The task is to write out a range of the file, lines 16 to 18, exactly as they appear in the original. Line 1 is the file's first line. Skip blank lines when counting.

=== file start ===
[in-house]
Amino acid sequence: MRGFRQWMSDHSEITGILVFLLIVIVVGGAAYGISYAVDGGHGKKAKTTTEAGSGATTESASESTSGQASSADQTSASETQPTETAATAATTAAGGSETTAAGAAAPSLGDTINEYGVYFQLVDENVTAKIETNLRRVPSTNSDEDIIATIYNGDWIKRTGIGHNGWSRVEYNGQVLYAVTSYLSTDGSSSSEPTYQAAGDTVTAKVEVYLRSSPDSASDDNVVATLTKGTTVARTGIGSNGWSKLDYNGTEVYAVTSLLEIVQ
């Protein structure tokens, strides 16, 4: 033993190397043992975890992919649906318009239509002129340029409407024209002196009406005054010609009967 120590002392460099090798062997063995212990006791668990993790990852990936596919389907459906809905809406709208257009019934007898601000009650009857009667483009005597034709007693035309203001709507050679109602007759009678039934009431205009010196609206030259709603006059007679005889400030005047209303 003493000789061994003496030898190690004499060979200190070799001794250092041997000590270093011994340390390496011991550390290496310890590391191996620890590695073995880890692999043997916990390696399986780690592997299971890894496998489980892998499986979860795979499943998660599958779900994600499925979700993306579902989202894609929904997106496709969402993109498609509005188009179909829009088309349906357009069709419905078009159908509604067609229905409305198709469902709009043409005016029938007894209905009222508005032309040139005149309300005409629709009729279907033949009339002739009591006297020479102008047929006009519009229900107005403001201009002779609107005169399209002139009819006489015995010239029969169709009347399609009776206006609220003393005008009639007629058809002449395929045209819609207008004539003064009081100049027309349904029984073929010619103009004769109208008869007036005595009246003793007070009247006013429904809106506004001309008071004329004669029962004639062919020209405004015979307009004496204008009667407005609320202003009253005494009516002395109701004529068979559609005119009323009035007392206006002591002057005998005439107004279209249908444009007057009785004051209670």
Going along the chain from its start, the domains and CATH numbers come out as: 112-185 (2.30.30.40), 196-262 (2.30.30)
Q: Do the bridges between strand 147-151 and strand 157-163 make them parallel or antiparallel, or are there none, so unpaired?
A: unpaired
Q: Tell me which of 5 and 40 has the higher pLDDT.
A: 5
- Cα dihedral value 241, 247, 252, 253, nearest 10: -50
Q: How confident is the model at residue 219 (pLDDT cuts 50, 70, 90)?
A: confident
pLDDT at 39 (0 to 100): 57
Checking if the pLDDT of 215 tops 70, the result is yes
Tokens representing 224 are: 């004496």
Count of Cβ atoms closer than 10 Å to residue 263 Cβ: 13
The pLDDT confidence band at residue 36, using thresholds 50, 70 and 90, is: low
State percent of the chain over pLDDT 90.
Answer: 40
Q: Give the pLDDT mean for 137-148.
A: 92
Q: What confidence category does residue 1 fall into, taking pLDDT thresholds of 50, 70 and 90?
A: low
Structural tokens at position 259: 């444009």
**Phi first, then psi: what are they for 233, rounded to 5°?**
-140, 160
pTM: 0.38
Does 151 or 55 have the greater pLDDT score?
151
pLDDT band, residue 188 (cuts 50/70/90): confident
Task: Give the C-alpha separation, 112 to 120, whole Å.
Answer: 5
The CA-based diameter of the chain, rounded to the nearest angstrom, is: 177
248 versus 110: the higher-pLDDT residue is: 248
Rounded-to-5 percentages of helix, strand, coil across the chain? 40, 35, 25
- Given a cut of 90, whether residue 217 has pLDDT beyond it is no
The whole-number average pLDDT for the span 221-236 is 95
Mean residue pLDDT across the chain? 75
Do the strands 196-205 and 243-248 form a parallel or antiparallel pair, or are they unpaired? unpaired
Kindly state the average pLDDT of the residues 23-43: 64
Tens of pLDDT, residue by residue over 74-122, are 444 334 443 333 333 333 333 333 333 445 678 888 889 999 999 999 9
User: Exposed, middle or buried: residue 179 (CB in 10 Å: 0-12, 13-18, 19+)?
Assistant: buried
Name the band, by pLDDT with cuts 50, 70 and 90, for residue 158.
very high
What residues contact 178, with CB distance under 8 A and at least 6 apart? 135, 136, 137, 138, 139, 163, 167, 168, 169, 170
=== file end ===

The pLDDT confidence band at residue 36, using thresholds 50, 70 and 90, is: low
State percent of the chain over pLDDT 90.
Answer: 40